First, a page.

Fishing for an answer


— Big fish are fond of eating smaller fish, and that's why more than 25 people turned out at the Routt County Courthouse on Tuesday night. They were there to learn about a series of experiments that will be carried out this year in area rivers including the Yampa.

Angela Kantola told the group the experiments are intended to increase biologists' and wildlife managers' understanding of the impact aggressive predator fish are having on endangered native fishes.

Kantola is the assistant director of the Upper Colorado River Endangered Fish Recovery Program. Her agency is attempting to determine whether a reduction in the numbers of non-native predators such as northern pike and smallmouth bass will result in a corresponding increase in the numbers of four threatened native species. They include the Colorado pike minnow, razorback sucker, humpback chub and bonytail.

"Our goal is to recover the endangered fish while allowing water development to continue," Kantola said.

Water development is the incentive that has bound together a consortium of area governments and agencies represented by the Recovery Program. The federal government has tied future development of water projects in the Yampa and upper Colorado basins to the ability of cooperating government agencies to bolster the populations of the endangered fish.

Kantola said there are a variety of reasons why the native fish are struggling to survive.

They include levees that eliminate flooding of their traditional spawning grounds and water projects that prevent their traditional migration patterns.

Increasingly, wildlife managers believe predation and competition from pike, bass and channel catfish are the major reasons for the decline of native species.

Pat Nelson, non-native fish coordinator for the Recovery Program, said he intends to begin testing that hypothesis this spring and summer in the Green, Colorado, White and Yampa rivers.

The closest experiments to Steamboat Springs will be conducted between Hayden and Craig.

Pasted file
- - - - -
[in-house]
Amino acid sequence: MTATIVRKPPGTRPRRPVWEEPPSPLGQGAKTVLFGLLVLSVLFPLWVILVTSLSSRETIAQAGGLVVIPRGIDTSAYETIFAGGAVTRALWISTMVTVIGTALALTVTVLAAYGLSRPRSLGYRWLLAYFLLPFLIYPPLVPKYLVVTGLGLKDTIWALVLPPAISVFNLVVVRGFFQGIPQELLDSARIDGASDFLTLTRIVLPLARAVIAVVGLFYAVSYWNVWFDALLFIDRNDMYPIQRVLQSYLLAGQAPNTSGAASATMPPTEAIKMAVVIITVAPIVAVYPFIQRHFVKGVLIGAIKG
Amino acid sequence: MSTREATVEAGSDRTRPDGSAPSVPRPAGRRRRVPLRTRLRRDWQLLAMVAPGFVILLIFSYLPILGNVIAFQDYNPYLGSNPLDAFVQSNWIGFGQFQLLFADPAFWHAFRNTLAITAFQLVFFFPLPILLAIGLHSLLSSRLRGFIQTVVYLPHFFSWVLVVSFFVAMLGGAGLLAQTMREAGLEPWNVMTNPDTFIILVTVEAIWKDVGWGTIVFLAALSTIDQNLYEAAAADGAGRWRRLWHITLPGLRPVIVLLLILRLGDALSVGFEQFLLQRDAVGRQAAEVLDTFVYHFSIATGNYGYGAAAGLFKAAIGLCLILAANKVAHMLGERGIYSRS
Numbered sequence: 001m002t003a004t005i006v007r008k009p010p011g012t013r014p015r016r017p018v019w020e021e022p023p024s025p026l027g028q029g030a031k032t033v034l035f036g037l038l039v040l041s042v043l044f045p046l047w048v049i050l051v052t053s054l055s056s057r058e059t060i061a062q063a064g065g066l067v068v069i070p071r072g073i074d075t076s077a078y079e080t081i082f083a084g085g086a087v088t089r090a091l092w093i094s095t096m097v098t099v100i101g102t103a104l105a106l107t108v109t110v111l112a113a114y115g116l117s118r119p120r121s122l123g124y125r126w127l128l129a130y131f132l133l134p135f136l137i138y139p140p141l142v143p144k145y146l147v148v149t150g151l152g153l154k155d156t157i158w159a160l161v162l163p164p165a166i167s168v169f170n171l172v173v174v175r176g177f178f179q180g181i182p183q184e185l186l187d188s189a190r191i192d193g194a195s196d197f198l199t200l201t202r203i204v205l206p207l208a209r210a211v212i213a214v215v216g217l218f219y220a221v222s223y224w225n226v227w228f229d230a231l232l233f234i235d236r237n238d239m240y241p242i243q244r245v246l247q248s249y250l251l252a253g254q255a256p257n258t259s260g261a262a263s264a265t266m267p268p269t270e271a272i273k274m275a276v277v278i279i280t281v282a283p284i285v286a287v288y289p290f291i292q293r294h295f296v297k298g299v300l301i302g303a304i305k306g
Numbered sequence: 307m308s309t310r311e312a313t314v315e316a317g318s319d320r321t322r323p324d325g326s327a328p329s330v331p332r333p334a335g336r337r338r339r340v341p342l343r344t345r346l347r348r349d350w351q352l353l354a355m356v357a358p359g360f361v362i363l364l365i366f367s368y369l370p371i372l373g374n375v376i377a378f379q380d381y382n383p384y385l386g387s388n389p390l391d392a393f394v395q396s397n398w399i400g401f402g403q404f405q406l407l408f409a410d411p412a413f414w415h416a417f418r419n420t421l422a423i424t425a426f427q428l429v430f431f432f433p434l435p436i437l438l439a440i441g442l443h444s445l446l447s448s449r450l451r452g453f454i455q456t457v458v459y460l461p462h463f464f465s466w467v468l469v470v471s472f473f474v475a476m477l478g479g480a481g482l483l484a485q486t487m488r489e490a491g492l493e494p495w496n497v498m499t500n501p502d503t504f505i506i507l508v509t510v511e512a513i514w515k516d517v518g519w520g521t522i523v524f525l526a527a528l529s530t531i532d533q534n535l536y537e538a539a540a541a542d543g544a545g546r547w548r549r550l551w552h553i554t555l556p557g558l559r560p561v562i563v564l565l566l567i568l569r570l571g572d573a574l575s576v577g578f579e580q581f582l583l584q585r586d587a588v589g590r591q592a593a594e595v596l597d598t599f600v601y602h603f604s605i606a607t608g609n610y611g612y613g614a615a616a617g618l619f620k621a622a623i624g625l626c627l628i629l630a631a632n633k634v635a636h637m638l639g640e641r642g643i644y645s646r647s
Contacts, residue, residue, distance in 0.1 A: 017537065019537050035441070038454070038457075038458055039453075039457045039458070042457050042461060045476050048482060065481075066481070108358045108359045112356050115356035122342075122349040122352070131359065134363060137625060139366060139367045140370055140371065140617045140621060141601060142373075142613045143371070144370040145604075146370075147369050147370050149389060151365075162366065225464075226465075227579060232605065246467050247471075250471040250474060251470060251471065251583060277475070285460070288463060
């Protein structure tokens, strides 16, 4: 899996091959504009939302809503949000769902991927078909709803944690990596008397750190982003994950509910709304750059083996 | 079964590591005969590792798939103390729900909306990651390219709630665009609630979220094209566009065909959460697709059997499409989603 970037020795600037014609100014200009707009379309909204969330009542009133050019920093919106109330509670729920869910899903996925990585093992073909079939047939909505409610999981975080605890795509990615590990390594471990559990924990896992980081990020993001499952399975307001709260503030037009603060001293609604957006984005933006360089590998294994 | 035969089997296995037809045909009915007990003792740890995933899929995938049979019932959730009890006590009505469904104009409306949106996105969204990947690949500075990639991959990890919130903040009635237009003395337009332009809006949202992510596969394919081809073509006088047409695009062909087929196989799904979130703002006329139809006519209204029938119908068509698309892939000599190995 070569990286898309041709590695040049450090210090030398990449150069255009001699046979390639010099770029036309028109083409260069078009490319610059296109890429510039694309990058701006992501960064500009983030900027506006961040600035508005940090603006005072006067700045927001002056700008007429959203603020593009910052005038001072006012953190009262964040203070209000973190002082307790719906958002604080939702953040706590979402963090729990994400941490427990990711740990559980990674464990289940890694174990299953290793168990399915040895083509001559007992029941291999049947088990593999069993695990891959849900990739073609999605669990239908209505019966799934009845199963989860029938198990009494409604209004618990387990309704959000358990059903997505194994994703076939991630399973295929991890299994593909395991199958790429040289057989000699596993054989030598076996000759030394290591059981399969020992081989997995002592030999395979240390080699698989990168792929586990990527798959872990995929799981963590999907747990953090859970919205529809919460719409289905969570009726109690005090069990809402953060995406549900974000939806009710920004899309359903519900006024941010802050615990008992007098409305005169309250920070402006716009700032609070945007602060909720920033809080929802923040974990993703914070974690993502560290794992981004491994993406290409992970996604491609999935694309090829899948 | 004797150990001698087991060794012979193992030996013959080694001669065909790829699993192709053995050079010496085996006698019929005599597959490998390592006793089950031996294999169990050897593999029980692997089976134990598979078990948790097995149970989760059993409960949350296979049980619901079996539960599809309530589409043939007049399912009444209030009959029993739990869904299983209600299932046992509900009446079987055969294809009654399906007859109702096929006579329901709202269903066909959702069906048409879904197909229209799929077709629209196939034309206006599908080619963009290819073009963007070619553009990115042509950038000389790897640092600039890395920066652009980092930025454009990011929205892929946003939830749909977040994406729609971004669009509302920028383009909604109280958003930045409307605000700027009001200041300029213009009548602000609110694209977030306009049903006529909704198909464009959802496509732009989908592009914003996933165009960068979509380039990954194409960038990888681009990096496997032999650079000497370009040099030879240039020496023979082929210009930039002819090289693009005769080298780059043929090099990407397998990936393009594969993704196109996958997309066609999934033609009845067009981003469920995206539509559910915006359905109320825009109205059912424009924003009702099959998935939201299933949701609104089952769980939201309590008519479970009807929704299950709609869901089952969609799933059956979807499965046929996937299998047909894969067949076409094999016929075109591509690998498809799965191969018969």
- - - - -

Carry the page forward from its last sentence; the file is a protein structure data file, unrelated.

In portions of the rivers designated as control stretches, Nelson and his colleagues will collect and tag fish, then release them back into the river. In "treatment" stretches of the river, fish will be tagged and transferred to landlocked ponds. The ponds are on state-owned land near Hayden, and fishing for the transferred pike is encouraged.

Over a period of years, Nelson will compare populations of native fish in control and treatment stretches of the rivers. That will allow him to test whether populations of endangered native species rebound or fail to respond to removal of the predators.

The data could become the basis for future management of fish populations.

Gene Kite of Steamboat asked Nelson how the greater ecosystem would benefit from restoration of the native fish.

Nelson said that 120 years ago, there were reports of exceptionally large pike minnow in the Yampa River farther downstream in Moffat County.

"They were the top carnivore in the river," Nelson said. "They were the T-Rex of the upper Colorado Basin. They grew to be 6 feet long and weigh 80 pounds."

The combined effects of water projects and competing predators such as the northern pike have turned the pyramid upside down, Nelson said.

Where once the pike minnow resided alone at the top of the food chain, there are now several carnivores competing with each other for food.

The native fish seem to be losing out.

Richard Abate expressed concerns that once large pike minnow regain their stature in the Yampa, they will prove to be as voracious predators as the northern pike. He asked if in the future, big pike minnow wouldn't become as big a threat to other endangered fishes as northern pike seem to be today.

John Hawkins, a fisheries biologist from Colorado State University, said the natural history of the pike minnow tends to negate that situation.

He explained that, historically, pike minnow have migrated many miles from several rivers to spawn in the deep canyons of the Yampa River in Moffat County.

The young fish, or fry, tend to drift downstream while the adults swim back upstream to their home waters.

The youngsters will run into some hungry mature pike minnow downstream that will attempt to gobble them up, but in general, the younger fish are separated from their cannibalistic elders.

Nelson told the group that he realizes that for sport fishermen, angling for big pike in small ponds on state property isn't a substitute for catching them from a free-flowing river.

"If this works, fishing may not be as good as it has been," Nelson said. "For those folks who like to fish rivers, I realize, it's not the same. I like to fish rivers. I hope we find out we can sustain native fish without reducing non-natives."

-- To reach Tom Ross call 871-4205

or e-mail


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